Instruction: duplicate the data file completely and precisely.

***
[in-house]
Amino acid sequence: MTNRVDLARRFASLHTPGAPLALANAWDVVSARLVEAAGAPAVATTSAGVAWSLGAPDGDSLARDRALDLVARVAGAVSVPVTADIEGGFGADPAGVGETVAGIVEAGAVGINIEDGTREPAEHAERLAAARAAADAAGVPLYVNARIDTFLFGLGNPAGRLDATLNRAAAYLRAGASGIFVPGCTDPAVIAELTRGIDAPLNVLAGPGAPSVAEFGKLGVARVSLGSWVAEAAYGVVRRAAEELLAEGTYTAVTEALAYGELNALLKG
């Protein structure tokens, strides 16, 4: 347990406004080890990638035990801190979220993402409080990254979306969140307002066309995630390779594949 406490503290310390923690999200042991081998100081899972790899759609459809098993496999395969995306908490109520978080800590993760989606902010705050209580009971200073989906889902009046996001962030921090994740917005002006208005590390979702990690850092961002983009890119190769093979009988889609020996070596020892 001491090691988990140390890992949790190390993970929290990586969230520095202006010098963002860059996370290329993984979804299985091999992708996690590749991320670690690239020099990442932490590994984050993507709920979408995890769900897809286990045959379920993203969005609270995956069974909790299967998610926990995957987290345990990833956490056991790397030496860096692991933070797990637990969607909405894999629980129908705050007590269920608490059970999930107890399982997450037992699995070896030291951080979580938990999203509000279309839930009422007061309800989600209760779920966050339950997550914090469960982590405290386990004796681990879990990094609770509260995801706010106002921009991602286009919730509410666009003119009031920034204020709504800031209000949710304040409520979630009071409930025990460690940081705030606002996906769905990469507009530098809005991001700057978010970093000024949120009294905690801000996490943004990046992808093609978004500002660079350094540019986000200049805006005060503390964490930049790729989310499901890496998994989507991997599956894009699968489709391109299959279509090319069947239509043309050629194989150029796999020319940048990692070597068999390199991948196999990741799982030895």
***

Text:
[in-house]
Amino acid sequence: MTNRVDLARRFASLHTPGAPLALANAWDVVSARLVEAAGAPAVATTSAGVAWSLGAPDGDSLARDRALDLVARVAGAVSVPVTADIEGGFGADPAGVGETVAGIVEAGAVGINIEDGTREPAEHAERLAAARAAADAAGVPLYVNARIDTFLFGLGNPAGRLDATLNRAAAYLRAGASGIFVPGCTDPAVIAELTRGIDAPLNVLAGPGAPSVAEFGKLGVARVSLGSWVAEAAYGVVRRAAEELLAEGTYTAVTEALAYGELNALLKG
């Protein structure tokens, strides 16, 4: 347990406004080890990638035990801190979220993402409080990254979306969140307002066309995630390779594949 406490503290310390923690999200042991081998100081899972790899759609459809098993496999395969995306908490109520978080800590993760989606902010705050209580009971200073989906889902009046996001962030921090994740917005002006208005590390979702990690850092961002983009890119190769093979009988889609020996070596020892 001491090691988990140390890992949790190390993970929290990586969230520095202006010098963002860059996370290329993984979804299985091999992708996690590749991320670690690239020099990442932490590994984050993507709920979408995890769900897809286990045959379920993203969005609270995956069974909790299967998610926990995957987290345990990833956490056991790397030496860096692991933070797990637990969607909405894999629980129908705050007590269920608490059970999930107890399982997450037992699995070896030291951080979580938990999203509000279309839930009422007061309800989600209760779920966050339950997550914090469960982590405290386990004796681990879990990094609770509260995801706010106002921009991602286009919730509410666009003119009031920034204020709504800031209000949710304040409520979630009071409930025990460690940081705030606002996906769905990469507009530098809005991001700057978010970093000024949120009294905690801000996490943004990046992808093609978004500002660079350094540019986000200049805006005060503390964490930049790729989310499901890496998994989507991997599956894009699968489709391109299959279509090319069947239509043309050629194989150029796999020319940048990692070597068999390199991948196999990741799982030895």